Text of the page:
Saturday, 3 April 2010

Labour poster attack on Tories backfires
Labour's latest attack on the Conservative Party in a poster depicting David Cameron as Gene Hunt, the star of Ashes to Ashes, has backfired after Conservative supporters adopted the image with a positive slogan

The world of Tony Blair Inc
A staff of 130, turnover in the tens of millions: Tony Blair has created enormous wealth, but nobody knows quite how.

Increase in Arctic ice confounds doomsayers - but does not spell the end of global warming, scientists warn
The amount of sea ice covering the Arctic dramatically increased last month, reaching levels not seen at this time of year for nearly a decade.

Returning ice - after years of declining cover - has astonished climate scientists who blamed unusually cold weather over the Bering Sea.

Researchers said they recorded the most ice in March since 2001 - and that the cover is approaching long-term average levels for the first time in ten years

(I've got 2 words to say to that- have a guess-ukws)

Labour's spoof poster of Cameron as 80s TV cop Gene Hunt backfires as he says he's 'flattered'
David Cameron today laughed off a new campaign poster unveiled by Labour portraying him as eighties TV detective Gene Hunt.

The new image is aimed at reviving memories of 1980s social unrest and youth unemployment.

It shows the Tory leader perched on an Audi Quattro, like Hunt in the hit BBC1 series Ashes to Ashes and appeals: 'Don't let him take Britain back to the 1980s.'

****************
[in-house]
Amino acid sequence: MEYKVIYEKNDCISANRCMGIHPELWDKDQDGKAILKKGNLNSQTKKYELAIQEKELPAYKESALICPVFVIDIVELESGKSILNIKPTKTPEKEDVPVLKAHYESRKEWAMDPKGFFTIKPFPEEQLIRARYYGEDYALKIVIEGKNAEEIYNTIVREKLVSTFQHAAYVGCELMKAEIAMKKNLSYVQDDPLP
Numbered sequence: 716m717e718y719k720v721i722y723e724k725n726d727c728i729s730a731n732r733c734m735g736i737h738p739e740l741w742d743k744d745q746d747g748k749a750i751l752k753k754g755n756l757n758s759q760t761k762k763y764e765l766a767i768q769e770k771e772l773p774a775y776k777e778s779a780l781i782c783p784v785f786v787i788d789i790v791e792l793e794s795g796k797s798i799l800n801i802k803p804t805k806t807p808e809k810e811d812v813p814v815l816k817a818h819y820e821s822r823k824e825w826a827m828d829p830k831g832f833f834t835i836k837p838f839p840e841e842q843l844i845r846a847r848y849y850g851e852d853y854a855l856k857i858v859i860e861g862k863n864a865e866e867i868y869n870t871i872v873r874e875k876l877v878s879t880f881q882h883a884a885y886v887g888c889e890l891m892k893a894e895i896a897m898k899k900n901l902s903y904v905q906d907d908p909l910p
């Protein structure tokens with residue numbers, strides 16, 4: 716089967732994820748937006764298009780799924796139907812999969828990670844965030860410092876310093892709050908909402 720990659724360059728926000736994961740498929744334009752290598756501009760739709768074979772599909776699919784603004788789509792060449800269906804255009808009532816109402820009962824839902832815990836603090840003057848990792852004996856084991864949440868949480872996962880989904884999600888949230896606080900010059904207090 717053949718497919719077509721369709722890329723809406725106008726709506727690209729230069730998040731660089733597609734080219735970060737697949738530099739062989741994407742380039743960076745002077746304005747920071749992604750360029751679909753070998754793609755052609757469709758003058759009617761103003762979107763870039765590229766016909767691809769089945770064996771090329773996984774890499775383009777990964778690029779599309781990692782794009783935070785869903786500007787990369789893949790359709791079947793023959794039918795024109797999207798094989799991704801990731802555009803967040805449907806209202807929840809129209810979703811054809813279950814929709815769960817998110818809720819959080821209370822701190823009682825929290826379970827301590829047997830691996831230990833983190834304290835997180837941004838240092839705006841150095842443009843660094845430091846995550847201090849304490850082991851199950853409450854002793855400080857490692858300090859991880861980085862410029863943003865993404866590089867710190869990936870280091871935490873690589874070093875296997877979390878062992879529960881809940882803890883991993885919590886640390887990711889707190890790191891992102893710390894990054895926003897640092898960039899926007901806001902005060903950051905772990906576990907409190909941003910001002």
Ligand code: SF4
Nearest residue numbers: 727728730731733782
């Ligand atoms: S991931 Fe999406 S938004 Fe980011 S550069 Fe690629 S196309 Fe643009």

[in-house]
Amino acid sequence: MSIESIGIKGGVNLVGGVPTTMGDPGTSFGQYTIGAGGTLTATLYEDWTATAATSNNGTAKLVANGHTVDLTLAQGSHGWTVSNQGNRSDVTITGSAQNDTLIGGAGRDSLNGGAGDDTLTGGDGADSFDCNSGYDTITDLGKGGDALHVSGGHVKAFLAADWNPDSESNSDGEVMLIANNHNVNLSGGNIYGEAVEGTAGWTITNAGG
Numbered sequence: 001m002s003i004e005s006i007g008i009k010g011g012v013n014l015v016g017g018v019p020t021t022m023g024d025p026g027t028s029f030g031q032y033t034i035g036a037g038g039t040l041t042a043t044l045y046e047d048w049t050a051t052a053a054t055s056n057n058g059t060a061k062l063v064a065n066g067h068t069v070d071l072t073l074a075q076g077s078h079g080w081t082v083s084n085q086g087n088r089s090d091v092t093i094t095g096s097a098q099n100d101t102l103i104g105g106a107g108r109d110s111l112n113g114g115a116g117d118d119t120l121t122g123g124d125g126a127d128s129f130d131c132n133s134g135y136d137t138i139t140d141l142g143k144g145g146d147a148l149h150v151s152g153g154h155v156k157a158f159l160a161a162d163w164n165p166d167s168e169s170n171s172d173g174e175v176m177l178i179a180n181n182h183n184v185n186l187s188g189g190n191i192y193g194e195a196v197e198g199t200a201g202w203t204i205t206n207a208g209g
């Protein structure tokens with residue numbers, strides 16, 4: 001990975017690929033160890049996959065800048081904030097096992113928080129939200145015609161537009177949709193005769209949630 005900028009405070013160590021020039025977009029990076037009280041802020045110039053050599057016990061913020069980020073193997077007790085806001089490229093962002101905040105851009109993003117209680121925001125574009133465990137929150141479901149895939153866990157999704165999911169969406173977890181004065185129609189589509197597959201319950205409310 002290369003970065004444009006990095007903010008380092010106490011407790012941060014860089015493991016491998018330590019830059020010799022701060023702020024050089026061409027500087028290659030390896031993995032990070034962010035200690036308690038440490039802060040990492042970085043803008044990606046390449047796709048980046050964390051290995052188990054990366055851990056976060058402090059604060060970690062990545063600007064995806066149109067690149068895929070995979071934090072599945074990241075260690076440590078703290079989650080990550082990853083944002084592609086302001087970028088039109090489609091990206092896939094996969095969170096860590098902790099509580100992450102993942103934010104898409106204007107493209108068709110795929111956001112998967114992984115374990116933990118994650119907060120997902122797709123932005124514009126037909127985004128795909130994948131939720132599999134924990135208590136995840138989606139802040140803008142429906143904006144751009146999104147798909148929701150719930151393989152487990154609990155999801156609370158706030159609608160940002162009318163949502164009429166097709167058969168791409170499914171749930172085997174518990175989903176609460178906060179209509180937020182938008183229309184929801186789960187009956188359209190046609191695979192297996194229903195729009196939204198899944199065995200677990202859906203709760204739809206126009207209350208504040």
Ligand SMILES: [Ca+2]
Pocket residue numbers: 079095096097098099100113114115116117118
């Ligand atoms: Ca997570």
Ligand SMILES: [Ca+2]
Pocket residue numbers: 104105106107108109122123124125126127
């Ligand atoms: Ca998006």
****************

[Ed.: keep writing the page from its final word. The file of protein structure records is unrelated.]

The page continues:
But Mr Cameron was unconcerned. Out and about in his constituency of Witney, Oxfordshire, he declared that he was actually 'flattered' by the comparison to Hunt.

Revenues from global vaccine market register UD$27 Billion
Vaccine has emerged as one of the most profitable business segments in the healthcare industry. The segment registered revenues of around US$ 27 Billion in 2009. The growth has been driven by the emergence of some new chronic diseases and increasing demand for seasonal flu vaccines. Besides, the future growth of the vaccine market is anticipated to be driven by launch of several new vaccines, increasing trend of routine immunization and increasing support from the governments of various countries.

Scientists stumped as bee population declines further
The decline in the US bee population, first observed in 2006, is continuing, a phenomenon that still baffles researchers and beekeepers.
Data from the US Department of Agriculture show a 29 percent drop in beehives in 2009, following a 36 percent decline in 2008 and a 32 percent fall in 2007.

This affects not only honey production but around 15 billion dollars worth of crops that depend on bees for pollination.


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